Skip to content
Edit post

New Belarusian poetry collection explores revolution, exile, war

by Kate Tsurkan November 14, 2023 9:07 PM 7 min read
Demonstrators in the Baltics hold a huge white-red-white flag during the Belarusians' march on the third anniversary of the 2020 Belarusian presidential election.(Yerchak Yauhen/SOPA Images/LightRocket via Getty Images)
This audio is created with AI assistance

Support independent journalism in Ukraine. Join us in this fight.

Become a member Support us just once

When Belarusian author Hanna Komar brought the manuscript for her poetry collection “Ribwort” to a publisher in Belarus in the summer of 2021, she was told that their business would be shut down if they published her work.

Komar, like thousands of her fellow Belarusians, took part in the 2020-2021 protests against Belarusian dictator Aleksandr Lukashenko and was even briefly jailed. She later went into exile, resettling in the U.K.

“Some call (it) ‘the awakening of Belarusians’; others call it ‘the birth of a new, free Belarus.’ Whatever it’s called, these years have felt, for the nation and for me personally, like a process of unlearning our learned helplessness,” Komar writes in the introduction to the English version of  “Ribwort,” now available from the U.K. publisher 3TimesRebel Press.

The title of Komar’s poetry collection comes from the ribwort plant, which is found in Belarus and can be used as a natural histamine. Komar, through her poignantly crafted verses, endeavors to ease the pain inflicted upon her and her fellow Belarusians by outside forces and from within the country itself.

The 2020-2021 protests are at the heart of the poetry collection, although not every poem is dedicated to this tumultuous yet hopeful period. It marked a turning point in the country’s recent history, where Belarusians tried to push for a more democratic and independent future. As Komar writes:

in the smoke
from your stun grenades we can’t see
where to run
the past running up with shields against our flags

A country of around 10 million people with its own diverse history and culture, Belarus has long existed in Russia’s authoritarian shadow. Efforts to embrace the Belarusian language at the state level during the years of the country’s nascent independence from the Soviet Union were stifled by Lukashenko, who has ruled with the backing of the Kremlin in neighboring Russia.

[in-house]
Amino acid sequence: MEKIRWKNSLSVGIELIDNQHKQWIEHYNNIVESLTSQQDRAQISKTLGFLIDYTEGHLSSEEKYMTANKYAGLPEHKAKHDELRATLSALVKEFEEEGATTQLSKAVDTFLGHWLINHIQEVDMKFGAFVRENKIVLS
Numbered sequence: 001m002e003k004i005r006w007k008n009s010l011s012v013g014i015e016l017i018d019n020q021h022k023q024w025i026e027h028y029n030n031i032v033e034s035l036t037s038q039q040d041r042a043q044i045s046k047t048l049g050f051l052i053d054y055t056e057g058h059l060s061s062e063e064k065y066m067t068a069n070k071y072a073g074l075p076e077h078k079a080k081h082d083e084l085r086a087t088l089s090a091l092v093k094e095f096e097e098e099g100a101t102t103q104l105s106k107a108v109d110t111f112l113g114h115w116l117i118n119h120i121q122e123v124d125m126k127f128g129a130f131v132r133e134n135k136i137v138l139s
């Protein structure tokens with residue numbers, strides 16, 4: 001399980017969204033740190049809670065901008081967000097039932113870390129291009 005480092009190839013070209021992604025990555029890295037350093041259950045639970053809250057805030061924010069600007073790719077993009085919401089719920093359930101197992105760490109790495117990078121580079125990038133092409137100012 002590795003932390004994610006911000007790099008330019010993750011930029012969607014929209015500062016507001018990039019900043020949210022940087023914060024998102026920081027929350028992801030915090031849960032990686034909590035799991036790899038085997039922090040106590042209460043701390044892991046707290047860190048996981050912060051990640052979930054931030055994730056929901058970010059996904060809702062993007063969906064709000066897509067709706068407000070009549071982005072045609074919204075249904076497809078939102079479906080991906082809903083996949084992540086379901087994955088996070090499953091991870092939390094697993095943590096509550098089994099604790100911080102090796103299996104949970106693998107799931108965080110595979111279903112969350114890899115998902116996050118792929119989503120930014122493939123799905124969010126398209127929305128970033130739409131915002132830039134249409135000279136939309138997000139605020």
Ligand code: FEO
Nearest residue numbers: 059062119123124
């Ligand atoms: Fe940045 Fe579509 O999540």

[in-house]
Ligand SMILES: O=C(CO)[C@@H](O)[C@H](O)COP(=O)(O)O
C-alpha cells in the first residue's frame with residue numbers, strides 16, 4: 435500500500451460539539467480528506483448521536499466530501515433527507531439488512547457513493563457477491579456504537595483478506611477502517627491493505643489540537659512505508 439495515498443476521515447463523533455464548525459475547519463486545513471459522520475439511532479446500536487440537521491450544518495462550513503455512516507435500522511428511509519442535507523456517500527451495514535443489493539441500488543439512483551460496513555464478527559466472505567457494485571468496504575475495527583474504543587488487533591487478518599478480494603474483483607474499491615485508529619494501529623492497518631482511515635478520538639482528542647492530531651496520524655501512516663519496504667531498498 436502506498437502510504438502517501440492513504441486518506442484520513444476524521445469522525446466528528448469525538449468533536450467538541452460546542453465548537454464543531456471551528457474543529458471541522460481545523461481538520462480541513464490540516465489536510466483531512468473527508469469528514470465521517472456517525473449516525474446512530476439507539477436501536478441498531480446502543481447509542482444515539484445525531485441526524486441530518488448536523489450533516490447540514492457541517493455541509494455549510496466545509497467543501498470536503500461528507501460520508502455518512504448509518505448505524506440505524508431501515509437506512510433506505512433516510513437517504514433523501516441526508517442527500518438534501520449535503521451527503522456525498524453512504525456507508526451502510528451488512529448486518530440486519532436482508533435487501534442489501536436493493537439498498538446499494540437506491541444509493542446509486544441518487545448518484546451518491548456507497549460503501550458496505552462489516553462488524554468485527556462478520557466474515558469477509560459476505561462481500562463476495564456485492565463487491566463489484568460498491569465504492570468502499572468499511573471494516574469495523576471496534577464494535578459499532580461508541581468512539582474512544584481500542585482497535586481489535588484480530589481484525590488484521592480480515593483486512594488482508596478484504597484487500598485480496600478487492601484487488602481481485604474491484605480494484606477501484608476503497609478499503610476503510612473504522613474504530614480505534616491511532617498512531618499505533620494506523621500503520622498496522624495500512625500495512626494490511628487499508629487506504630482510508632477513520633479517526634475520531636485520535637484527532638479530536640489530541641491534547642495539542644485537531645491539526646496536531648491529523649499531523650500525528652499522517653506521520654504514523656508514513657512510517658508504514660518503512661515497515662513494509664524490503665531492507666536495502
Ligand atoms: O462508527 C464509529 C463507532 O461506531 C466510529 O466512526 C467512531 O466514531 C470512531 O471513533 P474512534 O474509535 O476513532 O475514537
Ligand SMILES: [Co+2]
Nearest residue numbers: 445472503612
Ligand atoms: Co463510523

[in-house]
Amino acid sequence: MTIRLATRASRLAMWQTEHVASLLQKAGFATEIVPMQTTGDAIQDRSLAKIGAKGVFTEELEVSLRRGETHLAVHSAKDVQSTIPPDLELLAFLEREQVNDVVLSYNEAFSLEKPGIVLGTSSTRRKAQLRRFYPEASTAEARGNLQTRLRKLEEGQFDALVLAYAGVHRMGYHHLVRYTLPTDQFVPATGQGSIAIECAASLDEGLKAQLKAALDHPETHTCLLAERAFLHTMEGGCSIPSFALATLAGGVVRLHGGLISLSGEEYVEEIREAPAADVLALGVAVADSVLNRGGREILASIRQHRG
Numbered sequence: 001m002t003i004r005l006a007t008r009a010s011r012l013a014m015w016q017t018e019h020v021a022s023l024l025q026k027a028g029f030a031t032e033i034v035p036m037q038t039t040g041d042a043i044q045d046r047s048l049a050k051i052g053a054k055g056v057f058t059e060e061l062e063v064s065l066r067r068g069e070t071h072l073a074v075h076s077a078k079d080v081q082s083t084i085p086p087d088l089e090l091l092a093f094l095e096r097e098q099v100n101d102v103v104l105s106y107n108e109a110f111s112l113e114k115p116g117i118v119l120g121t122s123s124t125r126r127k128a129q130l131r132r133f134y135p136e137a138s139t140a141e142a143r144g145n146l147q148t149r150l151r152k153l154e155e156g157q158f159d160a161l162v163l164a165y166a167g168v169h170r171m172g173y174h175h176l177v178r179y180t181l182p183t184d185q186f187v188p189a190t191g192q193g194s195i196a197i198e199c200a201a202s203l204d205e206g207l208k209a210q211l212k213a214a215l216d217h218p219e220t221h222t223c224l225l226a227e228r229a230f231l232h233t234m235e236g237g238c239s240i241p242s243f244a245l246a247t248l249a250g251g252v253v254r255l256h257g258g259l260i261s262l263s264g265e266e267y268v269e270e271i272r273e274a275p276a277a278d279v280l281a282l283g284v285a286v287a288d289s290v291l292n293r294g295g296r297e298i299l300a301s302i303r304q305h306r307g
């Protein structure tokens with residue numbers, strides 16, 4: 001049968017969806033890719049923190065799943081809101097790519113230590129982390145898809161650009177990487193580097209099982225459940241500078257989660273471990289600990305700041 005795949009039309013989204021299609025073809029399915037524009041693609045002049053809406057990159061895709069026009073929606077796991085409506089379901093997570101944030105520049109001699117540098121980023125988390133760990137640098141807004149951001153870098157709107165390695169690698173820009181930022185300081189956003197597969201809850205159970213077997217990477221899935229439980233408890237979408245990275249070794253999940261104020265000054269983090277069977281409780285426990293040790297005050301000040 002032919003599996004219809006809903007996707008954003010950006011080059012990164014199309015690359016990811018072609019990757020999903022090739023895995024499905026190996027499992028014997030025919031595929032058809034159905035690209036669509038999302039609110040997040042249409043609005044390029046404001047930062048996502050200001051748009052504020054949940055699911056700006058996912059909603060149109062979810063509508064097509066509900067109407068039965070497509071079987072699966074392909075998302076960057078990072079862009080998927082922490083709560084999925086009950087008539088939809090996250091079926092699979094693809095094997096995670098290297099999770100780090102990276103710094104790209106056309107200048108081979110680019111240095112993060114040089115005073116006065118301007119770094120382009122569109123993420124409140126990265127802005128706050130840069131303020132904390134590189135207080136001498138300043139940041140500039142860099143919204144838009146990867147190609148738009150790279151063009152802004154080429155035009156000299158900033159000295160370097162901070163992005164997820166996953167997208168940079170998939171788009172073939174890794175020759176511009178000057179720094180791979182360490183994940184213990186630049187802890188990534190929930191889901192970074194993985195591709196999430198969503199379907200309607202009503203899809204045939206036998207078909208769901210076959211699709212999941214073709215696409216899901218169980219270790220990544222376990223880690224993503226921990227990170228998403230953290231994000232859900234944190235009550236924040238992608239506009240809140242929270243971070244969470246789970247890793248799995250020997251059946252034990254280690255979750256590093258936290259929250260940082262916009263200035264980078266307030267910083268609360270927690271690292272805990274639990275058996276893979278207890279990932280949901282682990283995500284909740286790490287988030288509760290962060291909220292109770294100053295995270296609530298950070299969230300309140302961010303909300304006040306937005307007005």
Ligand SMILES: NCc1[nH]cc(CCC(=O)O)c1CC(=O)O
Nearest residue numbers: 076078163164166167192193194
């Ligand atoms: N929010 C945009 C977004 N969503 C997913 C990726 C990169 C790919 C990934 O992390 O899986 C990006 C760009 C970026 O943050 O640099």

In Lukashenko’s Belarus, Belarusian culture is not welcome
While Belarusian is one of the two official state languages in Belarus, the decision to speak, read, and write it can be a dangerous choice for Belarusians. Growing up, the Belarusian poet and translator Valzhyna Mort was aware of how the Belarusian language was perceived in her country. “Belarusi…

Lukashenko leveraged a power dynamic rooted in the Soviet era, where Russian culture served as a source of “authority.” The Soviets deliberately elevated the Russian language and culture in education, work, and public life, aiming to create an illusion of "brotherly nations." However, the underlying purpose of this was to suppress any sense of national identity. Belarusian cultural figures, much like their counterparts in Soviet Ukraine, faced oppression and persecution during the 1930s — a somber reality referenced by Komar in her poetry:

If it was 1937
they’d execute me as well
for I indulged my vowels
and forgave my consonants,
didn’t create new social units but poems

During Lukashenko’s nearly 30 years in power, Belarusians have witnessed a steady decline in civil liberties and human rights. Lukashenko became president following the 1994 presidential election, which the U.S. non-profit organization Freedom House describes as “the country’s only democratic (one).”

Sviatlana Tsikhanouskaya put forward her candidacy for the 2020 presidential election in place of her husband, the opposition blogger Syarhei Tsikhanousky, after he was arrested and jailed. She went on to become Lukashnko’s leading contender, and that election year marked an unprecedented voter turnout.

Tsikhanouskaya’s platform called for the release of political prisoners, constitutional limitations on the presidential terms, and free and fair elections. After Lukashenko declared “victory,” Tsikhanouskaya herself was briefly detained by the authorities and then forced into exile.

Belarusians went out en masse to protest the unjust outcome of the election for 10 months. Based on data collected by the Voice Platform, the Zubr Platform, and the Honest People Initiative, there was no way that Lukashenko could have won 80% of the vote, as he claimed. The NGOs also recorded falsifications at over 400 polling places nationwide.

According to the international NGO Reporters Without Borders, repressions have only increased since Lukashenko declared his fraudulent presidential “victory.” Nearly 1,500 Belarusians are currently recognized by the Viasna Human Rights Center as political prisoners.

Belarus Weekly: Belarus ranks lowest in Europe for rule of law
Belarus reignites the border crisis spat with Latvia, claiming to have found dead migrants at the countries’ shared border. Latvia denies the claim. The editor-in-chief of an independent Belarusian-language newspaper is sentenced to four years in prison. Human rights groups deem the move politicall…

In her poetry, Komar underscores the urgency of the protests and how every Belarusian, regardless of their background, had an essential role in their outcome. Rather than be passive victims, they had to become active citizens:

when we are attacked
by a horde of black batons when our wings are broken against the blind
force of water cannons what should i do
beg them to stop
or run away?